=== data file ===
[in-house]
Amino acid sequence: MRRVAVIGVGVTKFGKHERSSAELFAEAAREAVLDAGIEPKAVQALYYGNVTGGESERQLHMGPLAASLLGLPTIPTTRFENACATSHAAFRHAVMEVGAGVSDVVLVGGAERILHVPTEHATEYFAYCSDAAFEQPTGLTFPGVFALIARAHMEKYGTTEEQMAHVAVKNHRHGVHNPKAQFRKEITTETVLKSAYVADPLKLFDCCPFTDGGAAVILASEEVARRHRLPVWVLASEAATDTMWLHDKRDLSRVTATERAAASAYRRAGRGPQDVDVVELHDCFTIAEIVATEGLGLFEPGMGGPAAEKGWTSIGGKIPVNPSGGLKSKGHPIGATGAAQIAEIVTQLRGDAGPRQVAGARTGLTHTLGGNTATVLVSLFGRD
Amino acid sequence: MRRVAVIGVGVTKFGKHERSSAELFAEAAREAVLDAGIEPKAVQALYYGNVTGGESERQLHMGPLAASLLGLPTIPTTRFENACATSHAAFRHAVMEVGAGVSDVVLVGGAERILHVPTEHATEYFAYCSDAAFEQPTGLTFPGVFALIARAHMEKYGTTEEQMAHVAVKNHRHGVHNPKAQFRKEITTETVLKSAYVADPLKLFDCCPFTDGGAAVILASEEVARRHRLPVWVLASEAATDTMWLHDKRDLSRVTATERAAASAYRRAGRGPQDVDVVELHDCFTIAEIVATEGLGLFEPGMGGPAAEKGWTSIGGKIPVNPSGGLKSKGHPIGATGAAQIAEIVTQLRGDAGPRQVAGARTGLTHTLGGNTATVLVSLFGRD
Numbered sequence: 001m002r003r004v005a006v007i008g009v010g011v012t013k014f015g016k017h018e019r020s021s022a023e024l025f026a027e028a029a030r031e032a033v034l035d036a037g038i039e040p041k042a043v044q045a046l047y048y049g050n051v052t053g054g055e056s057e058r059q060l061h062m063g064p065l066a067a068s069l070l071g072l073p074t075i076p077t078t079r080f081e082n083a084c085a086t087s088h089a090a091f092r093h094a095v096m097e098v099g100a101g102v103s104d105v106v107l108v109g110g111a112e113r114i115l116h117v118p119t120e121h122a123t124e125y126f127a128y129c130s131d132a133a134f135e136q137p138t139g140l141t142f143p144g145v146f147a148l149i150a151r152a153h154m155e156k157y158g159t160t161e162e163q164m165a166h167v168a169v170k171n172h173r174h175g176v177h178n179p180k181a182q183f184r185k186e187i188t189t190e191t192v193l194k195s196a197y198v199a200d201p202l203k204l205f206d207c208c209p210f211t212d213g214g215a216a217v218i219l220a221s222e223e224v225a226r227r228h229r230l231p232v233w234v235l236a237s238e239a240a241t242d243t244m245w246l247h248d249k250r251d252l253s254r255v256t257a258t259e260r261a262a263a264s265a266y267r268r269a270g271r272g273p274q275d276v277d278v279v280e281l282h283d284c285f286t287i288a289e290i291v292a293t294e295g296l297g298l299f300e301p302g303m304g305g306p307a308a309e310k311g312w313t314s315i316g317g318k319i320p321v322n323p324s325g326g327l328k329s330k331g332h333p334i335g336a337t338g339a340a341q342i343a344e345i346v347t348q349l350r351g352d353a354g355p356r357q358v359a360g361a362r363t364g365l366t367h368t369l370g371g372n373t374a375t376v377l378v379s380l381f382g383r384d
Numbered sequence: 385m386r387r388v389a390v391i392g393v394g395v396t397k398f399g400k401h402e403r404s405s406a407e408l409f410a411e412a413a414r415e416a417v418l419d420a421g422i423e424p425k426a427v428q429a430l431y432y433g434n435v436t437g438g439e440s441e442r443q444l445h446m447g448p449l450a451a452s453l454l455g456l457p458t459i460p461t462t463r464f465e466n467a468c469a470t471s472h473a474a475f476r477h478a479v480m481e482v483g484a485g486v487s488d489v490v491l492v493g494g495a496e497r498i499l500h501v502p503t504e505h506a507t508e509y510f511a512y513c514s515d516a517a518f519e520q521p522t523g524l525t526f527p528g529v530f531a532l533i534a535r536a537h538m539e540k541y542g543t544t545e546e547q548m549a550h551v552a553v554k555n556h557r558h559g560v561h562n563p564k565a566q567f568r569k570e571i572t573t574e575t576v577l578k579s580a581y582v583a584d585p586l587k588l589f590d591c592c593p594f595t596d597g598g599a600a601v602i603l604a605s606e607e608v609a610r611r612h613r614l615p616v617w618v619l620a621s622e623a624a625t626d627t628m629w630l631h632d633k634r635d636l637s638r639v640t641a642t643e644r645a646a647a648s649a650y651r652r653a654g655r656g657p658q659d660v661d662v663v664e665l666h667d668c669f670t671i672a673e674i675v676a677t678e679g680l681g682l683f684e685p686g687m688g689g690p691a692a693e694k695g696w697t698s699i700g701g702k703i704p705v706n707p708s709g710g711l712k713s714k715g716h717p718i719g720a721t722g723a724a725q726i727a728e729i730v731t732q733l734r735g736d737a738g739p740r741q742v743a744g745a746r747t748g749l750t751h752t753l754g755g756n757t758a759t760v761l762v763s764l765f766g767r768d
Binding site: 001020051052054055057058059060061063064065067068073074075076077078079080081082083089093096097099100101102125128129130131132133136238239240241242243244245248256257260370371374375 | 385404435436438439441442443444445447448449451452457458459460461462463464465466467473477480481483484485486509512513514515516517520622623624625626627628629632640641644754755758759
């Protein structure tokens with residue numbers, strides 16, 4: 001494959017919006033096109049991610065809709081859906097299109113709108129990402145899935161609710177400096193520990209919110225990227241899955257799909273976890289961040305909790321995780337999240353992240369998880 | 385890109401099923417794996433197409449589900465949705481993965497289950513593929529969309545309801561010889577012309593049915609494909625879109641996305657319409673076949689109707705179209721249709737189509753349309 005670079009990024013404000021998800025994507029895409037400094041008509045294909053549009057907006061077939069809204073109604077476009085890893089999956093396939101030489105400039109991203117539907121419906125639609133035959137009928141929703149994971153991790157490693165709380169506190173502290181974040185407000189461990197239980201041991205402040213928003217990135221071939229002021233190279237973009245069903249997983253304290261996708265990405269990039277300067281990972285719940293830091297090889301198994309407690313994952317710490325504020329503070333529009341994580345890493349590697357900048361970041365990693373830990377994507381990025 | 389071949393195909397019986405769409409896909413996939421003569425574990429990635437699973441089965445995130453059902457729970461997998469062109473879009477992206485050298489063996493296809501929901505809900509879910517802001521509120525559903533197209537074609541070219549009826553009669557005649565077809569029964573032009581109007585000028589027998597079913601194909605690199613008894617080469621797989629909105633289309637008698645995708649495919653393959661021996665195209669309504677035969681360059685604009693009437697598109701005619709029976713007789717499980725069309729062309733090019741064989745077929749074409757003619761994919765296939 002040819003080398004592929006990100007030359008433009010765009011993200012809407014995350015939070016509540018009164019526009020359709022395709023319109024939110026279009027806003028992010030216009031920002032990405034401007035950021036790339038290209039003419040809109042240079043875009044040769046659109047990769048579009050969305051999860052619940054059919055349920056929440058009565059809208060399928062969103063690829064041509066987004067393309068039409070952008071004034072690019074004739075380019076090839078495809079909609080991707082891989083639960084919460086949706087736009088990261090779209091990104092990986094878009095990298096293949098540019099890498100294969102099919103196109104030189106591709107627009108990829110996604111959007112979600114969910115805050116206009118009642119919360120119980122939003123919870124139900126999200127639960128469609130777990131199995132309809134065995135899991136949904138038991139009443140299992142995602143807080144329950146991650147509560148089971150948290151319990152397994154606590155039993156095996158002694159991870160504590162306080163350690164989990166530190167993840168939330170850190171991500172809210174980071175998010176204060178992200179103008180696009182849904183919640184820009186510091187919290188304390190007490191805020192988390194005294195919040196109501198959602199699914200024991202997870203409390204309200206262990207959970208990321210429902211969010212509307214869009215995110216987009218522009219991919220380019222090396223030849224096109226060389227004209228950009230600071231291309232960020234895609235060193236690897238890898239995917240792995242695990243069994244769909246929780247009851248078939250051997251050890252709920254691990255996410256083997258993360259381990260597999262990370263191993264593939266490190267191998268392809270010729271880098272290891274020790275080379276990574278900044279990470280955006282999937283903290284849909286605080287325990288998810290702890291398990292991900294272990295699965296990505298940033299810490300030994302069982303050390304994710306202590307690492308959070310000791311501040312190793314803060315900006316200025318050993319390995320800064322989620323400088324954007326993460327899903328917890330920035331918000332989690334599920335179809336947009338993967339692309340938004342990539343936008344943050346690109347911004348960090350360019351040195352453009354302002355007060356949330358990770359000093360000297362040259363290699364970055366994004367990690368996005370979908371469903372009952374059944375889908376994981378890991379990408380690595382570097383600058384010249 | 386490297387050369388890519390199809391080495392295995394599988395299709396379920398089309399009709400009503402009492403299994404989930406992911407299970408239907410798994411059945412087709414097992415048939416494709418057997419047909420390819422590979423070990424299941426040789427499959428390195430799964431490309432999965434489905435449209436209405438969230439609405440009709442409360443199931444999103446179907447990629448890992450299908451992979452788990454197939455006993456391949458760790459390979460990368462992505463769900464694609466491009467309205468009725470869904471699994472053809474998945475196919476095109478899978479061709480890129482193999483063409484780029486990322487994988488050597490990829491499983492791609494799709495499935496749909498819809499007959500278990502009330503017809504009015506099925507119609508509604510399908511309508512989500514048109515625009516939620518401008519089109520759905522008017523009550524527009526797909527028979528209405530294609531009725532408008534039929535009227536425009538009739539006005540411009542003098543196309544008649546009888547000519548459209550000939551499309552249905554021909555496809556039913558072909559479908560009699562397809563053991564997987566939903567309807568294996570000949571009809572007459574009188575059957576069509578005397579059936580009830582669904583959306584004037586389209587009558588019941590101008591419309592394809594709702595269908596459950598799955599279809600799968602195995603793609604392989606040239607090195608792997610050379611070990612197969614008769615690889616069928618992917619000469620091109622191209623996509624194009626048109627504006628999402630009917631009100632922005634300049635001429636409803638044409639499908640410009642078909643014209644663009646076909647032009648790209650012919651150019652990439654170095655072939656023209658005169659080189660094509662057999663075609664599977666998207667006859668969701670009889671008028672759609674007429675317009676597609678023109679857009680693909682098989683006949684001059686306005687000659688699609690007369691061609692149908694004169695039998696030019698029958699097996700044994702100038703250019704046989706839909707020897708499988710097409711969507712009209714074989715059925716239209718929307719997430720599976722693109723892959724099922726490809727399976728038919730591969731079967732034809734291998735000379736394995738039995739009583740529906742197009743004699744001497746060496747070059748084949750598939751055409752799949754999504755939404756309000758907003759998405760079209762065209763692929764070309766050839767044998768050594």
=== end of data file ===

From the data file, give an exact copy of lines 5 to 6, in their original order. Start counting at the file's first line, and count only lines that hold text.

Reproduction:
Numbered sequence: 385m386r387r388v389a390v391i392g393v394g395v396t397k398f399g400k401h402e403r404s405s406a407e408l409f410a411e412a413a414r415e416a417v418l419d420a421g422i423e424p425k426a427v428q429a430l431y432y433g434n435v436t437g438g439e440s441e442r443q444l445h446m447g448p449l450a451a452s453l454l455g456l457p458t459i460p461t462t463r464f465e466n467a468c469a470t471s472h473a474a475f476r477h478a479v480m481e482v483g484a485g486v487s488d489v490v491l492v493g494g495a496e497r498i499l500h501v502p503t504e505h506a507t508e509y510f511a512y513c514s515d516a517a518f519e520q521p522t523g524l525t526f527p528g529v530f531a532l533i534a535r536a537h538m539e540k541y542g543t544t545e546e547q548m549a550h551v552a553v554k555n556h557r558h559g560v561h562n563p564k565a566q567f568r569k570e571i572t573t574e575t576v577l578k579s580a581y582v583a584d585p586l587k588l589f590d591c592c593p594f595t596d597g598g599a600a601v602i603l604a605s606e607e608v609a610r611r612h613r614l615p616v617w618v619l620a621s622e623a624a625t626d627t628m629w630l631h632d633k634r635d636l637s638r639v640t641a642t643e644r645a646a647a648s649a650y651r652r653a654g655r656g657p658q659d660v661d662v663v664e665l666h667d668c669f670t671i672a673e674i675v676a677t678e679g680l681g682l683f684e685p686g687m688g689g690p691a692a693e694k695g696w697t698s699i700g701g702k703i704p705v706n707p708s709g710g711l712k713s714k715g716h717p718i719g720a721t722g723a724a725q726i727a728e729i730v731t732q733l734r735g736d737a738g739p740r741q742v743a744g745a746r747t748g749l750t751h752t753l754g755g756n757t758a759t760v761l762v763s764l765f766g767r768d
Binding site: 001020051052054055057058059060061063064065067068073074075076077078079080081082083089093096097099100101102125128129130131132133136238239240241242243244245248256257260370371374375 | 385404435436438439441442443444445447448449451452457458459460461462463464465466467473477480481483484485486509512513514515516517520622623624625626627628629632640641644754755758759